Global Game Jam fosters collaboration and creativity
Feb. 4, 2014 - Tator Hall buzzed with creativity the weekend of Jan. 24-26 in the form of the Global Game Jam, an annual event where game developers around the globe collaborate and build games within a 46-hour time period. About 20 computer science, game design and development and interactive digital design students, professors and outside developers participated in the local session held at Quinnipiac.
David Tomczyk, assistant professor of entrepreneurship and strategy in the School of Business, organized this year's event at Quinnipiac. Greg Garvey, professor of interactive digital design and director of game design and development, and Elena Bertozzi, associate professor of game design and development, also provided support and encouragement.
"The goal is to increase collaboration, increase experimentation and increase building the skills necessary to develop games," said Tomczyk. "And also to have a lot of fun."
Global Game Jam participants, or jammers, are given a theme each year to provide motivation and inspiration. This year's theme was the phrase: "We don't see things as they are, we see them as we are." Quinnipiac jammers broke into groups and worked throughout the weekend from 5 p.m. on Friday to 3 p.m. on Sunday developing and creating digital and non-digital games, only stopping to go home at night.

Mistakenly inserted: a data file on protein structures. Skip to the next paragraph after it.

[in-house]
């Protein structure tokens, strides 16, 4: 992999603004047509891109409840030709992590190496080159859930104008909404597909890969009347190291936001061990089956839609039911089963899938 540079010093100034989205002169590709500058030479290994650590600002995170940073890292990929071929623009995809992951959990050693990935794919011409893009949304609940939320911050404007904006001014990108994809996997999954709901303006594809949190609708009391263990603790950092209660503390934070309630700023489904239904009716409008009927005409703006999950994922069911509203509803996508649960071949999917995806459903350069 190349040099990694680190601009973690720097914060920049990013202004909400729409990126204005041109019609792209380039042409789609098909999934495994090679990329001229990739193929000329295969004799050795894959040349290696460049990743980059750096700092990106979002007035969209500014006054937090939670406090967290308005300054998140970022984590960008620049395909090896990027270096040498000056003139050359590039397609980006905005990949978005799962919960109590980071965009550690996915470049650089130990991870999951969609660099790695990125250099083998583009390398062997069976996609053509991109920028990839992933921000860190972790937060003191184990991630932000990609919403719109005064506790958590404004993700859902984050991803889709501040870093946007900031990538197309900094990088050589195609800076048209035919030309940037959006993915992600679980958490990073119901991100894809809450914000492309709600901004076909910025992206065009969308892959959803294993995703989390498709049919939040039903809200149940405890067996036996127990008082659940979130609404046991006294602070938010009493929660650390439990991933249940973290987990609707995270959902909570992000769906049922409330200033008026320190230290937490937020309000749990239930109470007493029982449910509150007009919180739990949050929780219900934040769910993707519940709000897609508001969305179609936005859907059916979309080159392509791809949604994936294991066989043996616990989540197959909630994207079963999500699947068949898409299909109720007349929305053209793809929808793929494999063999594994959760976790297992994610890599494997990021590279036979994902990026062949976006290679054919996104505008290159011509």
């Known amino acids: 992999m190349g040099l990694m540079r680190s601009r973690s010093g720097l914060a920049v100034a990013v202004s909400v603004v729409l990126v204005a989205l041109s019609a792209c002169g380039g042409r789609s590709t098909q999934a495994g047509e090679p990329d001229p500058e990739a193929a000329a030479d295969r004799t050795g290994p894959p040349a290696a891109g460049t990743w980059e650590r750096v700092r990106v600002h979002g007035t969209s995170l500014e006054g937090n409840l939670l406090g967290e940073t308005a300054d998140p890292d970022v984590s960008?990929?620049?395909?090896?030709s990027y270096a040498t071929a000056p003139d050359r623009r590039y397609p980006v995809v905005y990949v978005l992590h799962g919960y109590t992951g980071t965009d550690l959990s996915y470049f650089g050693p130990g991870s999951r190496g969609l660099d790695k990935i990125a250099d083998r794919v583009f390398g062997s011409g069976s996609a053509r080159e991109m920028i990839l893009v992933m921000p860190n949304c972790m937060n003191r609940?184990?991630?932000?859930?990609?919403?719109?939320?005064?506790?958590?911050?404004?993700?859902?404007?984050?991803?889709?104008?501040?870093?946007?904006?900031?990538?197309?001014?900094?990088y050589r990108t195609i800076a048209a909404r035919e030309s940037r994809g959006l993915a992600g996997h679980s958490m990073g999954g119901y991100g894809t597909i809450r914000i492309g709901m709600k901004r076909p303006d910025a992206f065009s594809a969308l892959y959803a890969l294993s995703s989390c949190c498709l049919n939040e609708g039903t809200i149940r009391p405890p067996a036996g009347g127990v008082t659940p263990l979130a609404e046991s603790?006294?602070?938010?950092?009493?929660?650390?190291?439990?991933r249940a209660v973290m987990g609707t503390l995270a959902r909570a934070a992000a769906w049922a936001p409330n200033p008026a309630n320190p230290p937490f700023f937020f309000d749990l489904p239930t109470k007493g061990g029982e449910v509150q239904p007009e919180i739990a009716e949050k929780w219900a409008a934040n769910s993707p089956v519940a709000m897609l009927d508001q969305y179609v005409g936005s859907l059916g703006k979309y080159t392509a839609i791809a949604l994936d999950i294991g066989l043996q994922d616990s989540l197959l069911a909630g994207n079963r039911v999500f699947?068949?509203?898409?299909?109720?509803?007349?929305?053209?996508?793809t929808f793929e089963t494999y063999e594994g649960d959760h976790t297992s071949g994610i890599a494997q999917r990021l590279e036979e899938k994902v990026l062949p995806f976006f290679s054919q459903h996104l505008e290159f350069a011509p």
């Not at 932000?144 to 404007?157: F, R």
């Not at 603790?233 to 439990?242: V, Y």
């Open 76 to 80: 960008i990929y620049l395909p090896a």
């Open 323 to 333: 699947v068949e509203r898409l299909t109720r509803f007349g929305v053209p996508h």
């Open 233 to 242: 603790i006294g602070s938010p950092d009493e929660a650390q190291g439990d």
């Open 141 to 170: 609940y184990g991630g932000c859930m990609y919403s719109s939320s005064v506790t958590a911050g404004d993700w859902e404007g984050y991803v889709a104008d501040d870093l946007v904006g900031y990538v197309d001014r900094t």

Zach Kohlberg '14, a computer science and game design and development double major, collaborated with Tomczyk on a card-based role-playing game that he hopes to continue to develop either in class or independently.
"The basic premise is a twist on a typical role-playing game," he said. "The player begins the game with every ability unlocked, but they have to sacrifice their abilities in order to progress through the game."
Game design and development students Evan Rosoff '16 and Sam Brown '16 and computer science student Zachary Singer '14 developed a two-player cooperative computer game called Perception in which one player controls a character named Happy Man while the other player controls a character named Colonel Carnage. Both characters have different play styles and players have to work as a team to complete each level.
At the end of the session, jammers uploaded their work to the Global Game Jam website to be seen and played by fellow developers. According to Tomczyk, students often use their game jam work as portfolio pieces or choose to continue developing them into a finished product.
"It shows people how much they can create when given a focused amount of effort," said Tomczyk. "It gives students a safe environment to fail. They can try out ideas without worrying that it somehow impacts their grades or that they're going to fall behind on classwork."
Global Game Jam is organized by the Global Game Jam, Inc., an international non-profit corporation based in San Luis Obispo, Calif., with a mission to foster game design and game education through innovative events. This year's event took place in 73 countries in over 485 locations.
To play the games created by Quinnipiac jammers, visit the Global Game Jam Quinnipiac page.